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ATP-sensitive K(+) (K(ATP)) channels play important roles in the regulation of membrane excitability in many cell types. ATP inhibits channel activity by binding to a specific site formed by the N and C termini of the pore-forming subunit, Kir6.2, but the structural changes associated with this interaction remain unclear. Here, we use fluorescence resonance energy transfer (FRET) to study the ATP-dependent interaction between the N and C termini of Kir6.2 using a construct bearing fused cyan and yellow fluorescent proteins (ECFP-Kir6.2-EYFP). When expressed in human embryonic kidney cells, ECFP-Kir6.2-EYFP/SUR1 channels displayed FRET that was augmented by agonist stimulation and diminished by metabolic poisoning. Addition of ATP to permeabilized cells or isolated plasma membrane sheets increased FRET. FRET changes were abolished by Kir6.2 mutations that altered ATP-dependent channel closure and channel gating. In the wild-type channel, the ATP concentrations, which increased FRET (EC(50) = 1.36 mM), were significantly higher than those causing channel inhibition (IC(50) = 0.29 mM). Demonstrating the existence of intermolecular interactions, a dimeric construct comprising two molecules of Kir6.2 linked head-to-tail (ECFP-Kir6.2-Kir6.2-EYFP) displayed less FRET than the monomer in the absence of nucleotide but still exhibited ATP-dependent FRET increases (EC(50) = 1.52 mM) and channel inhibition. We conclude that binding of ATP to Kir6.2, (i). alters the interaction between the N- and C-terminal domains, (ii). probably involves both intrasubunit and intersubunit interactions, (iii). reflects ligand binding not channel gating, and (iv). occurs in intact cells when subplasmalemmal [ATP] changes in the millimolar range.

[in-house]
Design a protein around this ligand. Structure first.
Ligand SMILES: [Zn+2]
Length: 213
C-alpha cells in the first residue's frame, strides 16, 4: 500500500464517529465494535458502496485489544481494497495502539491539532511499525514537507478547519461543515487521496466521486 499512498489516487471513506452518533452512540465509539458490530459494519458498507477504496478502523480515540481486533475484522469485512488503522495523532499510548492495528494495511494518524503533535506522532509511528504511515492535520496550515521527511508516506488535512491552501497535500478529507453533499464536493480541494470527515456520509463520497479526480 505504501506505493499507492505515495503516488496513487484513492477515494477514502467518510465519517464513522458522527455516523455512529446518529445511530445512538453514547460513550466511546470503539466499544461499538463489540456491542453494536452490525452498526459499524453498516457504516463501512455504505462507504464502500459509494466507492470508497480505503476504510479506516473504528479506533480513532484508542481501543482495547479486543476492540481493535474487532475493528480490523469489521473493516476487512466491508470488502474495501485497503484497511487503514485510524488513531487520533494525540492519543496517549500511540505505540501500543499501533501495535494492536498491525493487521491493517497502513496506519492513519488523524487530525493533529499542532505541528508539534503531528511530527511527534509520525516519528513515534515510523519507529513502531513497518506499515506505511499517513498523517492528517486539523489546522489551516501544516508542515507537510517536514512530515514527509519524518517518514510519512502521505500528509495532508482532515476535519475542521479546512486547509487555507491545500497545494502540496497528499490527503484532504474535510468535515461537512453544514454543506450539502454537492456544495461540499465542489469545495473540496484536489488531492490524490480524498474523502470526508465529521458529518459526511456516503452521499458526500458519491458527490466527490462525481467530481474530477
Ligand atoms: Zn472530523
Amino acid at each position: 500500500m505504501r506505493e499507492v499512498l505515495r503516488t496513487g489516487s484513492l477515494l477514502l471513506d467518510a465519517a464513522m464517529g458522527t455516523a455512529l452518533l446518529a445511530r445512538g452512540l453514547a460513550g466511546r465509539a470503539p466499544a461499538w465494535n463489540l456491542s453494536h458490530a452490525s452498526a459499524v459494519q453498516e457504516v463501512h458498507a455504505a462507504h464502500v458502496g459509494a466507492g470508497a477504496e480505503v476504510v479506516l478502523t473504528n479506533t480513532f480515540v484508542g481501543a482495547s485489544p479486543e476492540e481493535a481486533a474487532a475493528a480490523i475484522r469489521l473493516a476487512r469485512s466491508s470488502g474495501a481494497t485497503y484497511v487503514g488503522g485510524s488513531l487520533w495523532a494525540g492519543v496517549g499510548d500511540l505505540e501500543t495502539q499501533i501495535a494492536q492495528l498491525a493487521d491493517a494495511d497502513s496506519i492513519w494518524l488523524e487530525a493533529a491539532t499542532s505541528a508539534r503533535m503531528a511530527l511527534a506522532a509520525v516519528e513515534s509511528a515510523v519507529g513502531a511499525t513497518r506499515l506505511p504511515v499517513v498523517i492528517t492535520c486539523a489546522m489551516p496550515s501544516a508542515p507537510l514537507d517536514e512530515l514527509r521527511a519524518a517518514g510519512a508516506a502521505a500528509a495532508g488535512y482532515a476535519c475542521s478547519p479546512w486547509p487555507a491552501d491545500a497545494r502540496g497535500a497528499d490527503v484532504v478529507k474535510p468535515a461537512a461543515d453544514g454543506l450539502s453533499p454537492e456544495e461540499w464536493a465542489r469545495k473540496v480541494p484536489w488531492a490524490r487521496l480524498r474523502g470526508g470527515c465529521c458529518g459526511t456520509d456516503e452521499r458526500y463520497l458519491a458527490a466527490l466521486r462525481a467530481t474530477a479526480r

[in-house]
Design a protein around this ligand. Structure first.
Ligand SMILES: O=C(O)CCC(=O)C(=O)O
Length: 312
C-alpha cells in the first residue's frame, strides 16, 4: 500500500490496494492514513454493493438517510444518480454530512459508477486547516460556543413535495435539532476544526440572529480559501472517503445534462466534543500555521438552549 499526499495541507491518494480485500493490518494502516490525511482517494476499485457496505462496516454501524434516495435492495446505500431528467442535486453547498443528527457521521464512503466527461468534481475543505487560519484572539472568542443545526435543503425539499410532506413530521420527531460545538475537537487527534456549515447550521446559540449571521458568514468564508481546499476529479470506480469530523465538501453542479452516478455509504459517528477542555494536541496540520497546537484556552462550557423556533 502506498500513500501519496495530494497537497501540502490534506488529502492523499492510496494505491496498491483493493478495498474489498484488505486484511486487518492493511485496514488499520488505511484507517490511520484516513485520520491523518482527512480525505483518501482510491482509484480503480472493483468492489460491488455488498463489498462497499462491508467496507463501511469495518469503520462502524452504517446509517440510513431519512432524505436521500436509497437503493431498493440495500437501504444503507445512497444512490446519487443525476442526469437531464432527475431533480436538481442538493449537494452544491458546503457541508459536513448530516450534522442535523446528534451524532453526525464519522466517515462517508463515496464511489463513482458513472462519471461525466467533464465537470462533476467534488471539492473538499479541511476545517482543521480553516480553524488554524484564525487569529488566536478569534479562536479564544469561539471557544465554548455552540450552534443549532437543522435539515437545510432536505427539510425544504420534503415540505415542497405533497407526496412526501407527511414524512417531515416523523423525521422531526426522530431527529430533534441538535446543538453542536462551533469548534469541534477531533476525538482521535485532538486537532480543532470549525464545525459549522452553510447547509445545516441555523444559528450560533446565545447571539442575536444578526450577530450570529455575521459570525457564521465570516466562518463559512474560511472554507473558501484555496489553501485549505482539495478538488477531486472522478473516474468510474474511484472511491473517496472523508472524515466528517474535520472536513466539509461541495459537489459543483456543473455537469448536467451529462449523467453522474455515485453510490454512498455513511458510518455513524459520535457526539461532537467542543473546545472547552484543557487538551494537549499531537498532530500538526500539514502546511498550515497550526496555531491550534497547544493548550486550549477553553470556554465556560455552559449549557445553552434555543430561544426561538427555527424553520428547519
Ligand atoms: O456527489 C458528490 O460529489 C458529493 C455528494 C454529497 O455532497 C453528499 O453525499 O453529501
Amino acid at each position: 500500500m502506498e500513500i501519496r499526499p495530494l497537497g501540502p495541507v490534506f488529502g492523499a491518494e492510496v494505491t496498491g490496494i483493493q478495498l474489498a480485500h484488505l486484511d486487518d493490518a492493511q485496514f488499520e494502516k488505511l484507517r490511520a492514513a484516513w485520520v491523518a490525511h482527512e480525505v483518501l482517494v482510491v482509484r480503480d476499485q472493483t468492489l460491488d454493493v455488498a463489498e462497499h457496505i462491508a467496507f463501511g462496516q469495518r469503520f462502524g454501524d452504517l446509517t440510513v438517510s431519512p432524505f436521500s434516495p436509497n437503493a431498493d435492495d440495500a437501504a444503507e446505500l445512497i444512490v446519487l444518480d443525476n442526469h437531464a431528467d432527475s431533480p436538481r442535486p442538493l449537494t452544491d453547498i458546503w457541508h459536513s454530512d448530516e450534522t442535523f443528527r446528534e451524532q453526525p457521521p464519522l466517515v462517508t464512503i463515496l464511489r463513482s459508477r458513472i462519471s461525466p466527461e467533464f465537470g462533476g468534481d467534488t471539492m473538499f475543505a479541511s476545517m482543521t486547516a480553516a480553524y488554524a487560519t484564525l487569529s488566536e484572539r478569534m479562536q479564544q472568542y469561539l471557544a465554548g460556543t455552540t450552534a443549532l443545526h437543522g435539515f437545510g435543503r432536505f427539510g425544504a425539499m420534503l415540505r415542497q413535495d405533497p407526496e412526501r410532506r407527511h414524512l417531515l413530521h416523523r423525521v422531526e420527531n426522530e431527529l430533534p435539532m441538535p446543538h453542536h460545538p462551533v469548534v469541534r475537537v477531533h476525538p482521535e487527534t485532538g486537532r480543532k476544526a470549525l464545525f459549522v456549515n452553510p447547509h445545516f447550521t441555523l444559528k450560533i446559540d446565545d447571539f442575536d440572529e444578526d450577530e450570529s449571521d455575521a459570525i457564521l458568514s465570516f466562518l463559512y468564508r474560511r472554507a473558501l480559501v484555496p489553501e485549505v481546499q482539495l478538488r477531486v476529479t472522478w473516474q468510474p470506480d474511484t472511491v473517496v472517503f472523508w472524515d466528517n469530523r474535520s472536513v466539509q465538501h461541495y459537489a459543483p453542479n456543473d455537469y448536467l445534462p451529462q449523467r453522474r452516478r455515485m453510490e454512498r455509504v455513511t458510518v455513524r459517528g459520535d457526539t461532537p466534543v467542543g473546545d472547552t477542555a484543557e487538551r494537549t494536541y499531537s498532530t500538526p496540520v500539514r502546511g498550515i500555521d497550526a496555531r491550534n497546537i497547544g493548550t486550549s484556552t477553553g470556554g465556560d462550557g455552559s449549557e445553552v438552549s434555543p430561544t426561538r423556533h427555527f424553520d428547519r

Original publication




Journal article


Proc Natl Acad Sci U S A

Publication Date





76 - 81


Adenosine Diphosphate, Adenosine Triphosphate, Cell Line, Fluorescence Resonance Energy Transfer, Humans, In Vitro Techniques, Intracellular Fluid, Kinetics, Potassium Channels, Inwardly Rectifying, Protein Structure, Tertiary, Protein Subunits, Recombinant Fusion Proteins